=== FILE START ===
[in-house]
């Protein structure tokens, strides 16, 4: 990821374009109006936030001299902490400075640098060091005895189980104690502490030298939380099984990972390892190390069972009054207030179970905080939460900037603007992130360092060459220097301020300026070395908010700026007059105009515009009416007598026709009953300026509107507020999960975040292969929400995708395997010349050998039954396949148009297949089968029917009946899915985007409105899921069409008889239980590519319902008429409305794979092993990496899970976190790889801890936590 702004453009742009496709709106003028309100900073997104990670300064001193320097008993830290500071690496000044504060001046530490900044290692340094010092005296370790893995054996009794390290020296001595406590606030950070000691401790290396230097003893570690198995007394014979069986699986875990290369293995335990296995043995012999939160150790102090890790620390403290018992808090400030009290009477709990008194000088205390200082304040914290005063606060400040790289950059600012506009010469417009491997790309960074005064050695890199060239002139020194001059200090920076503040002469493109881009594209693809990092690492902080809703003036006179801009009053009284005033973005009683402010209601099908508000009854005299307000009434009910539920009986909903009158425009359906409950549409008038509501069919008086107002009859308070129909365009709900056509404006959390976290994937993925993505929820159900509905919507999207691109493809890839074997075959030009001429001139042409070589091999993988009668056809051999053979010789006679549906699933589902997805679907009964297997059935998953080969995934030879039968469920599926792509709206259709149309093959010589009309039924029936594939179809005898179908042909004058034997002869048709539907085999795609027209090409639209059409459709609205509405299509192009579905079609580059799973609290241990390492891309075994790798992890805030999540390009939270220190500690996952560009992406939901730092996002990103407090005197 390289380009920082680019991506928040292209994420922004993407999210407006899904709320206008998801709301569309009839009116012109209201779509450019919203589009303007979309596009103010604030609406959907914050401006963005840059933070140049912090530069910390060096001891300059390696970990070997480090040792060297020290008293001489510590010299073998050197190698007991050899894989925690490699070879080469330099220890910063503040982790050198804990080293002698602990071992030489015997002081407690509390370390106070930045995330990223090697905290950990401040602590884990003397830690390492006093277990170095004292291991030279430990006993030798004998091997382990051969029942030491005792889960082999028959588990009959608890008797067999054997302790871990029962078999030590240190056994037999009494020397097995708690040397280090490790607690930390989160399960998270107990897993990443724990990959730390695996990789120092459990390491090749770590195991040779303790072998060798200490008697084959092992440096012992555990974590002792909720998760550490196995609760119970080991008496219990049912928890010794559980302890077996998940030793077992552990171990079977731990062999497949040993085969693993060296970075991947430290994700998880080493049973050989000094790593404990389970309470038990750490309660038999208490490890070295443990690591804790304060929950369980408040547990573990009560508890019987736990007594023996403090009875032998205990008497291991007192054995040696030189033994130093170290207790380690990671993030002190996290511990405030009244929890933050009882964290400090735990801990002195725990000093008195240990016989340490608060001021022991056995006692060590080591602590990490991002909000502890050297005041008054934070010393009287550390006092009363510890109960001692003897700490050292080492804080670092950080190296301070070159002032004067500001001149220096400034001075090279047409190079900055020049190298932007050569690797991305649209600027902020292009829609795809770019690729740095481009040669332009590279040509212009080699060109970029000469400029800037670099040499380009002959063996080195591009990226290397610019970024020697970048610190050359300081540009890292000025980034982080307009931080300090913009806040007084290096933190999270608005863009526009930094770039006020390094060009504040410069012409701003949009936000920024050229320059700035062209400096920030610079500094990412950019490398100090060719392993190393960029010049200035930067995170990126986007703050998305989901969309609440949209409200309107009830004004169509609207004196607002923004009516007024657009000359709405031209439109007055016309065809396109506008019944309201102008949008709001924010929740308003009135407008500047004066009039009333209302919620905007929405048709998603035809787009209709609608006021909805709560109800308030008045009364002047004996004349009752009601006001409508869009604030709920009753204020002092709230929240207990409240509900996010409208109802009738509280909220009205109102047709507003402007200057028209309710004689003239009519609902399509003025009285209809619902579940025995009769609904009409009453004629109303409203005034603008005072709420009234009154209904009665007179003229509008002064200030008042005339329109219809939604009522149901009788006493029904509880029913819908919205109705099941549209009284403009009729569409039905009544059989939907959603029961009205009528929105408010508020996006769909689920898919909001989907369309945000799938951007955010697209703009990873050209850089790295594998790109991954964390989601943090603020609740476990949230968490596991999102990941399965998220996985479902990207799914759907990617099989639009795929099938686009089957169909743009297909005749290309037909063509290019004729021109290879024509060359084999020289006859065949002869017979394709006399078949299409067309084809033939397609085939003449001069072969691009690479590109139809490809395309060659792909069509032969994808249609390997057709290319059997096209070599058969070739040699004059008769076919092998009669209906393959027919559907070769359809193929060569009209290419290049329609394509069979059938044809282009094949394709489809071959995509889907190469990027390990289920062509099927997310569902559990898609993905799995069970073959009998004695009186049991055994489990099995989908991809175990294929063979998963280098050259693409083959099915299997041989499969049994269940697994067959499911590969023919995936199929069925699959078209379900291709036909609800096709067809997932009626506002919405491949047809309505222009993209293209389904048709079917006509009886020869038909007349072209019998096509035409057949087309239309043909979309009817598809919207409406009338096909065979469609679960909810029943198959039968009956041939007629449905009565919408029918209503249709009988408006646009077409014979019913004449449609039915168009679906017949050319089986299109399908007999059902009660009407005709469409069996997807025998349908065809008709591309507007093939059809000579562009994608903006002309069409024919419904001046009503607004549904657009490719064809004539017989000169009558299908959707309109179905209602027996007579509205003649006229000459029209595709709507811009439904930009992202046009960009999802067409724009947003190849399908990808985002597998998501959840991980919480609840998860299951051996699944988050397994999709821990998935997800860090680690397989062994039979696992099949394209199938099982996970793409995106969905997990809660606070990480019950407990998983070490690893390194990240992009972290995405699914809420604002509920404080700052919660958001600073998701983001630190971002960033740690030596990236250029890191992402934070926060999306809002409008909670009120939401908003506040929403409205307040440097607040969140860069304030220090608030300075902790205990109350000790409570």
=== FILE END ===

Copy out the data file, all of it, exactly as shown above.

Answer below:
[in-house]
């Protein structure tokens, strides 16, 4: 990821374009109006936030001299902490400075640098060091005895189980104690502490030298939380099984990972390892190390069972009054207030179970905080939460900037603007992130360092060459220097301020300026070395908010700026007059105009515009009416007598026709009953300026509107507020999960975040292969929400995708395997010349050998039954396949148009297949089968029917009946899915985007409105899921069409008889239980590519319902008429409305794979092993990496899970976190790889801890936590 702004453009742009496709709106003028309100900073997104990670300064001193320097008993830290500071690496000044504060001046530490900044290692340094010092005296370790893995054996009794390290020296001595406590606030950070000691401790290396230097003893570690198995007394014979069986699986875990290369293995335990296995043995012999939160150790102090890790620390403290018992808090400030009290009477709990008194000088205390200082304040914290005063606060400040790289950059600012506009010469417009491997790309960074005064050695890199060239002139020194001059200090920076503040002469493109881009594209693809990092690492902080809703003036006179801009009053009284005033973005009683402010209601099908508000009854005299307000009434009910539920009986909903009158425009359906409950549409008038509501069919008086107002009859308070129909365009709900056509404006959390976290994937993925993505929820159900509905919507999207691109493809890839074997075959030009001429001139042409070589091999993988009668056809051999053979010789006679549906699933589902997805679907009964297997059935998953080969995934030879039968469920599926792509709206259709149309093959010589009309039924029936594939179809005898179908042909004058034997002869048709539907085999795609027209090409639209059409459709609205509405299509192009579905079609580059799973609290241990390492891309075994790798992890805030999540390009939270220190500690996952560009992406939901730092996002990103407090005197 390289380009920082680019991506928040292209994420922004993407999210407006899904709320206008998801709301569309009839009116012109209201779509450019919203589009303007979309596009103010604030609406959907914050401006963005840059933070140049912090530069910390060096001891300059390696970990070997480090040792060297020290008293001489510590010299073998050197190698007991050899894989925690490699070879080469330099220890910063503040982790050198804990080293002698602990071992030489015997002081407690509390370390106070930045995330990223090697905290950990401040602590884990003397830690390492006093277990170095004292291991030279430990006993030798004998091997382990051969029942030491005792889960082999028959588990009959608890008797067999054997302790871990029962078999030590240190056994037999009494020397097995708690040397280090490790607690930390989160399960998270107990897993990443724990990959730390695996990789120092459990390491090749770590195991040779303790072998060798200490008697084959092992440096012992555990974590002792909720998760550490196995609760119970080991008496219990049912928890010794559980302890077996998940030793077992552990171990079977731990062999497949040993085969693993060296970075991947430290994700998880080493049973050989000094790593404990389970309470038990750490309660038999208490490890070295443990690591804790304060929950369980408040547990573990009560508890019987736990007594023996403090009875032998205990008497291991007192054995040696030189033994130093170290207790380690990671993030002190996290511990405030009244929890933050009882964290400090735990801990002195725990000093008195240990016989340490608060001021022991056995006692060590080591602590990490991002909000502890050297005041008054934070010393009287550390006092009363510890109960001692003897700490050292080492804080670092950080190296301070070159002032004067500001001149220096400034001075090279047409190079900055020049190298932007050569690797991305649209600027902020292009829609795809770019690729740095481009040669332009590279040509212009080699060109970029000469400029800037670099040499380009002959063996080195591009990226290397610019970024020697970048610190050359300081540009890292000025980034982080307009931080300090913009806040007084290096933190999270608005863009526009930094770039006020390094060009504040410069012409701003949009936000920024050229320059700035062209400096920030610079500094990412950019490398100090060719392993190393960029010049200035930067995170990126986007703050998305989901969309609440949209409200309107009830004004169509609207004196607002923004009516007024657009000359709405031209439109007055016309065809396109506008019944309201102008949008709001924010929740308003009135407008500047004066009039009333209302919620905007929405048709998603035809787009209709609608006021909805709560109800308030008045009364002047004996004349009752009601006001409508869009604030709920009753204020002092709230929240207990409240509900996010409208109802009738509280909220009205109102047709507003402007200057028209309710004689003239009519609902399509003025009285209809619902579940025995009769609904009409009453004629109303409203005034603008005072709420009234009154209904009665007179003229509008002064200030008042005339329109219809939604009522149901009788006493029904509880029913819908919205109705099941549209009284403009009729569409039905009544059989939907959603029961009205009528929105408010508020996006769909689920898919909001989907369309945000799938951007955010697209703009990873050209850089790295594998790109991954964390989601943090603020609740476990949230968490596991999102990941399965998220996985479902990207799914759907990617099989639009795929099938686009089957169909743009297909005749290309037909063509290019004729021109290879024509060359084999020289006859065949002869017979394709006399078949299409067309084809033939397609085939003449001069072969691009690479590109139809490809395309060659792909069509032969994808249609390997057709290319059997096209070599058969070739040699004059008769076919092998009669209906393959027919559907070769359809193929060569009209290419290049329609394509069979059938044809282009094949394709489809071959995509889907190469990027390990289920062509099927997310569902559990898609993905799995069970073959009998004695009186049991055994489990099995989908991809175990294929063979998963280098050259693409083959099915299997041989499969049994269940697994067959499911590969023919995936199929069925699959078209379900291709036909609800096709067809997932009626506002919405491949047809309505222009993209293209389904048709079917006509009886020869038909007349072209019998096509035409057949087309239309043909979309009817598809919207409406009338096909065979469609679960909810029943198959039968009956041939007629449905009565919408029918209503249709009988408006646009077409014979019913004449449609039915168009679906017949050319089986299109399908007999059902009660009407005709469409069996997807025998349908065809008709591309507007093939059809000579562009994608903006002309069409024919419904001046009503607004549904657009490719064809004539017989000169009558299908959707309109179905209602027996007579509205003649006229000459029209595709709507811009439904930009992202046009960009999802067409724009947003190849399908990808985002597998998501959840991980919480609840998860299951051996699944988050397994999709821990998935997800860090680690397989062994039979696992099949394209199938099982996970793409995106969905997990809660606070990480019950407990998983070490690893390194990240992009972290995405699914809420604002509920404080700052919660958001600073998701983001630190971002960033740690030596990236250029890191992402934070926060999306809002409008909670009120939401908003506040929403409205307040440097607040969140860069304030220090608030300075902790205990109350000790409570």